Air Rescue 5 continues coastal search Tuesday morning for signs of missing Cessna 172N Skyhawk last seen at Catalina Island.

A person arrives at the Encore Flight Academy at the Van Nuys Airport in the Van Nuys section of Los Angeles, on Tuesday, May 31, 2016. A Federal Aviation Administration spokesman said a Cessna 172N Skyhawk carrying two people departed from Catalina Airport Saturday and was reported overdue when it failed to arrive on time at Van Nuys Airport. An official with Encore Flight Academy said the plane was carrying a student pilot and an experienced instructor.

LOS ANGELES — A small plane carrying a student pilot and veteran instructor remained missing Tuesday after a weekend flight to Santa Catalina Island off the coast of Southern California.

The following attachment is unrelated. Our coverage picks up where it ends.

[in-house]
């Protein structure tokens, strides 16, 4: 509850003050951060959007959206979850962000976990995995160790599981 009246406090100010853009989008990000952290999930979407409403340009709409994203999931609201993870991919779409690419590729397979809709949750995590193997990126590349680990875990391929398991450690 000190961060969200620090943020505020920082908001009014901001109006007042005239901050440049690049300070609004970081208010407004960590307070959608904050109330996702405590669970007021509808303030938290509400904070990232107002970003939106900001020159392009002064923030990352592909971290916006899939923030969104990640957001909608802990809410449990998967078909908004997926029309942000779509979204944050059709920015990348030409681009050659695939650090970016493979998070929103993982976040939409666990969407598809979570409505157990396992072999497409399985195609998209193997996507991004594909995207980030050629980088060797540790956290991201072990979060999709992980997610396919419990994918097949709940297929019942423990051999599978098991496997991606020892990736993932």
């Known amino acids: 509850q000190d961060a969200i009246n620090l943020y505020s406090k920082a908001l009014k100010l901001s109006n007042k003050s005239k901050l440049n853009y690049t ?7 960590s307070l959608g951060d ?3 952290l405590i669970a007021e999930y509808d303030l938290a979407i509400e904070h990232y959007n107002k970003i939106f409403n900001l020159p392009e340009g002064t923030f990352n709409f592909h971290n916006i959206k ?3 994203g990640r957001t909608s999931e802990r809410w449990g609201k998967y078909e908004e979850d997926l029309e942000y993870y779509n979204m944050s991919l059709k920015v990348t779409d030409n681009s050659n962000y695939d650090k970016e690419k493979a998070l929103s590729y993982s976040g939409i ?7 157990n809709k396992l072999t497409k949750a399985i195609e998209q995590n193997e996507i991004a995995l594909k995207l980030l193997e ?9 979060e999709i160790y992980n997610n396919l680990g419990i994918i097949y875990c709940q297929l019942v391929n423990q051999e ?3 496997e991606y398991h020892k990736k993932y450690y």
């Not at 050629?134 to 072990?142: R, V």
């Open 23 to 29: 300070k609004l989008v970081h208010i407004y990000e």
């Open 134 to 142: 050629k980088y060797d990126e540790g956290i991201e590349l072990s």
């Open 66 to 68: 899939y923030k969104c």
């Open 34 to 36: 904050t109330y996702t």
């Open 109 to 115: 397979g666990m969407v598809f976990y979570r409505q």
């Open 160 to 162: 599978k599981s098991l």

Aerial searches covering hundreds of square miles of ocean found no signs of the Cessna 172N Skyhawk, which flew to the resort island’s airport on Saturday. It vanished after taking off from Catalina Airport en route to Van Nuys Airport in Los Angeles later that afternoon.

“The whole situation is kind of a mystery,” said Alex Abbassi, operations director for the student pilot’s school, Encore Flight Academy at Van Nuys Airport.

The student, Edmond Haronian, is 90 percent of the way toward earning his private pilot’s license and has become a close friend since starting training a year ago, Abbassi said.

“He was very close to taking his final test to get his pilot’s license,” Abbassi said. He identified the instructor as Jason Glazier, who has some 30 years of flight instruction experience.

The flight was arranged between the student and the instructor, Abbassi said.

The airplane they took was in excellent condition after undergoing a complete inspection in March, Abbassi said. It had flown only 60 hours since then.